This points to what is to me a BIG, BIG problem with these ministries, they too often made everything about process rather than relationship.
To them, breaking wasn't learning to trust God more, it was having something fundamental happen to the structure of your soul. It became about this impersonal thing call "transformation" that God was doing to you. Your soul was getting "broken," your spirit was getting "released," God was getting "infused" into you. It was all about this (for lack of a better word) physical thing that was going on with your inner being. It made everything very impersonal, mechanical and process-oriented.

We can't fathom what God is really doing to us on a subatomic spiritual level. What we can observe is that through being in relation with him and loving him more, we are becoming more like him--not necessarily in "life and nature," but certainly in disposition. We are learning to love what he loves and hate what he hates.

Whether all this metaphysical stuff that Nee and more so Lee talked about is actually taking place we cannot know; and it is really irrelevant anyway because it totally misses the point. We are becoming more like God by knowing God. Through that, by the Spirit in us, he somehow can be seen through us. That's all we need to know.
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Old 09-10-2012, 09:33 AM   #21
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Another problem with Nee, which fits the context of what we've been discussing, is the breaking of the outer man and the release of the Spirit (or spirit). Of course, there was even a book with that title. This kind of perspective appears throughout Nee's writings.
I read Nee's book Release of the Spirit in 1979 with others in the church in Columbus, at a time as a young brother when I was passing thru immense pressures on a number of fronts. Every morning I would wake up and felt like I was putting on a lead suit to carry with me all day. The pressures upon me at the time seemed almost mind-boggling. There was nothing I could do to change them, other than running from my life.

At the time Nee's book and the church fellowship was a great encouragement to me because I believed that my heavenly Father was thoroughly involved in all my circumstances, and that He was operating within to help me grow. I can distinctly remember walking to school one day, bemoaning my inabilities and shortcomings, and a voice from heaven spoke to me, "yes, but I love you." It was as clear as can be, and it was both undeniable and unforgettable. I don't think I ever told any one before.

But, let's face it, books such as this one can be used in the wrong hands to become manipulative. Without a healthy balance, the message can make the hearer extremely introspective and under condemnation. For me, reading the book happened to be positive experience, based on my circumstances, but I never did go back and read it again, nor did I share to others about the "breaking of their outer man."
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Old 09-10-2012, 11:08 AM   #22
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I felt to add to my previous post to explain more.

In the Nee/Lee view, the spirit of man, once it is regenerated, is always good.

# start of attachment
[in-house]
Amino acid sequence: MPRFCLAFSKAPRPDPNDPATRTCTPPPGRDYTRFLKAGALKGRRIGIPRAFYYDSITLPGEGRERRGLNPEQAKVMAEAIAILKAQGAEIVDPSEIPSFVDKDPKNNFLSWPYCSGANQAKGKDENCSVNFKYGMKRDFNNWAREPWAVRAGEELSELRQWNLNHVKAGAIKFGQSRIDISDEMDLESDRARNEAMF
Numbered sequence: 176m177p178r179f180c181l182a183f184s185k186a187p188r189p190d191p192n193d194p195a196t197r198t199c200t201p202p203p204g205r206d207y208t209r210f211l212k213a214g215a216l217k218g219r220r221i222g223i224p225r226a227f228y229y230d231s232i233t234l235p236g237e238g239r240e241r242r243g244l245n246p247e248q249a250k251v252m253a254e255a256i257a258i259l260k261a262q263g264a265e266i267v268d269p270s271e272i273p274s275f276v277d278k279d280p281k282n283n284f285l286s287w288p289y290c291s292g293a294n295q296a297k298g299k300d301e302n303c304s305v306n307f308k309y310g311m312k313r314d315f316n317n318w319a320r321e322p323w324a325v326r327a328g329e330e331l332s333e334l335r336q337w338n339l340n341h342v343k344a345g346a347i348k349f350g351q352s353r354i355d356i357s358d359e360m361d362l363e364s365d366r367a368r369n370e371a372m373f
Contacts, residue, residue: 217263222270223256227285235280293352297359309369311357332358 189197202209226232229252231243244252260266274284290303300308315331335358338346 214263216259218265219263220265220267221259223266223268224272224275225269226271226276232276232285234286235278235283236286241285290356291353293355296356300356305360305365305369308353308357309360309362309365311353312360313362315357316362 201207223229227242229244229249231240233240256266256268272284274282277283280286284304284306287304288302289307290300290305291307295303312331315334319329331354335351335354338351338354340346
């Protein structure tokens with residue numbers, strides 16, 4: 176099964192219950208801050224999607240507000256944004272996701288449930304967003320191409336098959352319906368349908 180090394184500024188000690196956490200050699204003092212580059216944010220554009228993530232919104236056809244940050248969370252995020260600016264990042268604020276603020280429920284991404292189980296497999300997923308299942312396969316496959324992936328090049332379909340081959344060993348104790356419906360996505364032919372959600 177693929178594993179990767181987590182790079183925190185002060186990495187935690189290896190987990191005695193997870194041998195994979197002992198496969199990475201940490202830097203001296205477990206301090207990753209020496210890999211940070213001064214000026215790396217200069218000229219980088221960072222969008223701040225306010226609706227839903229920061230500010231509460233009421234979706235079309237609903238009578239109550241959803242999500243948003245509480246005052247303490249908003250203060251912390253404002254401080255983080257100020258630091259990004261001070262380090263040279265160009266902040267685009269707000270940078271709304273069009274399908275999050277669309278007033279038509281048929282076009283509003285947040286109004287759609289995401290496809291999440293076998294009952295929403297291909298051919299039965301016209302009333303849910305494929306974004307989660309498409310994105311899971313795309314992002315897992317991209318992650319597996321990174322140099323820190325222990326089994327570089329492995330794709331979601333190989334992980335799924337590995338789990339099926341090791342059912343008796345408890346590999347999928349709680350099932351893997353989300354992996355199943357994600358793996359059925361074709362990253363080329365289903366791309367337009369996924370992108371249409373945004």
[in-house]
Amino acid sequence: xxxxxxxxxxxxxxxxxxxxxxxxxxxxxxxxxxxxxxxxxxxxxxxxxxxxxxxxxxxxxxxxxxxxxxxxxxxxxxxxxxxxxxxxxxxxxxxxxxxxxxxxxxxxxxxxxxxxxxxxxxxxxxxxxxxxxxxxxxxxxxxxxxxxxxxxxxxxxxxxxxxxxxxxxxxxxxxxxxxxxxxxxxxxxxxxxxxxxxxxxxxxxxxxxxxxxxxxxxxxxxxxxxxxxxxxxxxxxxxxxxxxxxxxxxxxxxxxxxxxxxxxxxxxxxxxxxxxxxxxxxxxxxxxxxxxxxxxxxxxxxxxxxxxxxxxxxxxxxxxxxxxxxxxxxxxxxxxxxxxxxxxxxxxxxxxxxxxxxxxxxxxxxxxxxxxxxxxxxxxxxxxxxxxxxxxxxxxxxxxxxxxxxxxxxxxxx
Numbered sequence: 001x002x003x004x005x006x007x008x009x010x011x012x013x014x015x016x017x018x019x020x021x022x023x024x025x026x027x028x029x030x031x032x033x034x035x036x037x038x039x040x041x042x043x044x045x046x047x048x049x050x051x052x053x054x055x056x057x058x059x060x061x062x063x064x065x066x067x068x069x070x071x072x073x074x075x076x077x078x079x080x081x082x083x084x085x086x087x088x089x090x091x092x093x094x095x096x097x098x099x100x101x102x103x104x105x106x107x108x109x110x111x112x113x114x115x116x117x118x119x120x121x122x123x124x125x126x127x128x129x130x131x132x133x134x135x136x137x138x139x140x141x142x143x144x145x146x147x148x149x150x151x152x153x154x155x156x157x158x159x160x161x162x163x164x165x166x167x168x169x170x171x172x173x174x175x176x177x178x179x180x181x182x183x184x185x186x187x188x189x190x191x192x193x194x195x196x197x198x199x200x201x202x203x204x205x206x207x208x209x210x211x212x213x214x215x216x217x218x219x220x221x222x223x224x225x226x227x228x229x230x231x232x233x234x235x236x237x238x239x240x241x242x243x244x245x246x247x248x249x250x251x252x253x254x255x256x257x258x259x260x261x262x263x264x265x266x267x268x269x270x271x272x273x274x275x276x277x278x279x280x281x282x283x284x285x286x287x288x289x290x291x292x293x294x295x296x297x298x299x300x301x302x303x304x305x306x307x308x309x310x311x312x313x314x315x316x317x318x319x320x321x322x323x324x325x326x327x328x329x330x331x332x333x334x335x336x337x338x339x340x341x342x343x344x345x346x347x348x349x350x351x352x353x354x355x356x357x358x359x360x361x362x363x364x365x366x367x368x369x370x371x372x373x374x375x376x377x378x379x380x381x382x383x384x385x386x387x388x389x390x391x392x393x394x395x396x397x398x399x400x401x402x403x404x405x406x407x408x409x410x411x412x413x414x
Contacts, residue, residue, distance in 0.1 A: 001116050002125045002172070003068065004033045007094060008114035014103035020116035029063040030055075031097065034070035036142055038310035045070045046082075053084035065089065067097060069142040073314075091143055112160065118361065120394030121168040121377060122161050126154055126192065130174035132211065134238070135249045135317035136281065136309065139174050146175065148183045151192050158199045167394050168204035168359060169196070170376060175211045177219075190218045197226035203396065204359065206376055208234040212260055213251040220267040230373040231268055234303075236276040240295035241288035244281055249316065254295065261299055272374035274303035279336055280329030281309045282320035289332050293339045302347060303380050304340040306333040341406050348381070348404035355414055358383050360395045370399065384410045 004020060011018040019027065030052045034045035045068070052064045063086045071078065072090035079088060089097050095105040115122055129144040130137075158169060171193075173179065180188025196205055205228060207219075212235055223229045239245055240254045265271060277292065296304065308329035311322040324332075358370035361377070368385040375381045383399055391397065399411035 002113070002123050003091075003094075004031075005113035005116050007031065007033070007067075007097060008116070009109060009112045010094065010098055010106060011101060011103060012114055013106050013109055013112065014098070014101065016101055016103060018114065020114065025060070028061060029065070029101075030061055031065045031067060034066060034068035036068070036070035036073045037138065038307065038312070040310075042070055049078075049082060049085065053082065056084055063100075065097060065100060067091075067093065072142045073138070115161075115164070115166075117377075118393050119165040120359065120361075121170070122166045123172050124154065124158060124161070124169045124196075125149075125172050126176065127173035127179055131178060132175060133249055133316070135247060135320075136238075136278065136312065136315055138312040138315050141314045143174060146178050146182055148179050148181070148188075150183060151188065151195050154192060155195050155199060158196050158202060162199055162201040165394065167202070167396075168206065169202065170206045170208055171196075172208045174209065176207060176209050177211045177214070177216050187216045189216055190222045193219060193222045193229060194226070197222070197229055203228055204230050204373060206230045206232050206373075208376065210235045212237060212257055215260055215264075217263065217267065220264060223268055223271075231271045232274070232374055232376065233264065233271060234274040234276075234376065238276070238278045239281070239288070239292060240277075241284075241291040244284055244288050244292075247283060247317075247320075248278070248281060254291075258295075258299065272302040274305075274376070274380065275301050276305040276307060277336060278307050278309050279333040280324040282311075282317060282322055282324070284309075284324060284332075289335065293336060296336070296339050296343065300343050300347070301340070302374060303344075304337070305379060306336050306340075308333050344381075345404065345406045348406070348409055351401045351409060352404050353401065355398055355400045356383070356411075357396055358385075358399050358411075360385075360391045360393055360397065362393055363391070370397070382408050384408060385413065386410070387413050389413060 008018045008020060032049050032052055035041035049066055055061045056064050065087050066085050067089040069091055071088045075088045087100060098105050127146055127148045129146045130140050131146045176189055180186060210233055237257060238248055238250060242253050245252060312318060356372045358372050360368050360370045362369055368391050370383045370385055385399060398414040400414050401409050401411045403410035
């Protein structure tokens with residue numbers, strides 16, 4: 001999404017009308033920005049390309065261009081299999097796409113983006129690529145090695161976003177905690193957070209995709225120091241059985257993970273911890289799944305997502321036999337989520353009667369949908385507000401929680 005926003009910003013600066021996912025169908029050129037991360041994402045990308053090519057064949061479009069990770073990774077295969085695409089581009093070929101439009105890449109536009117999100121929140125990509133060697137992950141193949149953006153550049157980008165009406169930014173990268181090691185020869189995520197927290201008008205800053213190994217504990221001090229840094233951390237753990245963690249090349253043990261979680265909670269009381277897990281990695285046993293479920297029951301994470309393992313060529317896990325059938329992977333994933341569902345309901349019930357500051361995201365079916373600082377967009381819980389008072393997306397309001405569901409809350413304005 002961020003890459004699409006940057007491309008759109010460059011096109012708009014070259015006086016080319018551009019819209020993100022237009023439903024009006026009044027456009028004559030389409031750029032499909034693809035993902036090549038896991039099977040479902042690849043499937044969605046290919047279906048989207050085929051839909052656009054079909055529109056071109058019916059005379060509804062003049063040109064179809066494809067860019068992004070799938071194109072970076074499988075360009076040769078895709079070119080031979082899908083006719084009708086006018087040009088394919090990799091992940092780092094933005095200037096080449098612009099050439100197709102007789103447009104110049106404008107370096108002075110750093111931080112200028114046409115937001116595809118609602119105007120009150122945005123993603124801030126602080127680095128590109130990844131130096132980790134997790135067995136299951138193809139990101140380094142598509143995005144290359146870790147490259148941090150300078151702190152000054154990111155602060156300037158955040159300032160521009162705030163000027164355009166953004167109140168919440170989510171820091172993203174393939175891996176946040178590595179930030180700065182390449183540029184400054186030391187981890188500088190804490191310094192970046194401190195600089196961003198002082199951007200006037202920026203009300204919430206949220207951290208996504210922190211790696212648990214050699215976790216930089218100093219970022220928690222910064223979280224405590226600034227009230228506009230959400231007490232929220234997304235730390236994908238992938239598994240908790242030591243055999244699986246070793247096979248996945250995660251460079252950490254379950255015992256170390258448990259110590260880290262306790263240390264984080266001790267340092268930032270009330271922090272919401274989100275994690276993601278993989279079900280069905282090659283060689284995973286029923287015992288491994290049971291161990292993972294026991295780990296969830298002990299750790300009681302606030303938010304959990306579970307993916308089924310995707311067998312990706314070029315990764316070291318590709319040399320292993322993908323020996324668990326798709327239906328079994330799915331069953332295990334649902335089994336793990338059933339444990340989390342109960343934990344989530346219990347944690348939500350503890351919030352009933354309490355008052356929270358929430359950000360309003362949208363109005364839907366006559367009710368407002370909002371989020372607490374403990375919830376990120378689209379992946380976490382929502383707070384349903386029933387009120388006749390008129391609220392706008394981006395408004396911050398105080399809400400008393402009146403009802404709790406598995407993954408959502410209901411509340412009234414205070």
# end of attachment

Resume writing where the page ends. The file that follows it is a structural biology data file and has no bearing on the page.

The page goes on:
The soul of man is neutral, but it is corrupted by "self".

The body of man is also the "flesh," and is always bad.

The emphasis is on rejecting the flesh, and exercising and living by the spirit, where the Spirit of God is.
Herein lies several problems. IMHO the biblical view is not as simplistic as Watchman Nee and Witness Lee taught because their idea was too mechanical as it pertains to man/woman and this led to a mechanical relationship with God and to a great extent with each other.

In the early church the Gnostics believed that the human body was inherently bad/evil and they extrapolated this into their understanding of Christ and eventually for them Christ was just spirit without a body. For good reason this teaching was considered heretical.

We know the body is not inherently bad/evil although it corrupts/breaks down with time. It is inanimate. Once the soul/spirit leaves the body it turns to dust. In the meantime the body is the temple of the soul/spirit and should be honored and taken care of as much as possible.

To draw 3 circles on the board to explain man/woman is really just Micky Mouse. The mind bogglingly complexities of man/woman is dismissed out of hand with this sort of teaching.
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Old 09-11-2012, 05:22 PM   #23
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Default Re: Problems with Watchman Nee

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Originally Posted by formermember View Post
Incidentally, I no longer believe in the tripartite man as a doctrine. I have found it much healthier not to divide up the parts of man in that way. A dichotomous view (outer man and inner man) makes more sense, and leads to less introspection.
My dad, still a regular in the LRC, even says this in so many words. He doesn't deny body, soul, and spirit. But he sees the doctrinal separation as an intrusive fabrication (my words, not his).

There have been a couple of times that many of us here have concluded that the spirit is more like an aspect of the soul than something so separate. If it was really as easy to find all the distinctions between soul and spirit that Nee/Lee claim, it wouldn't take a sharp two-edged sword to divide them. I know. Someone is going to say that the sharp sword is the Word and then note that all of Nee's divisions come from scripture.

Yeah. But so many of those verses do not support the alleged distinction that is claimed. I am constantly amazed at how many things I simply took as true because they were written by Nee and repeated by Lee.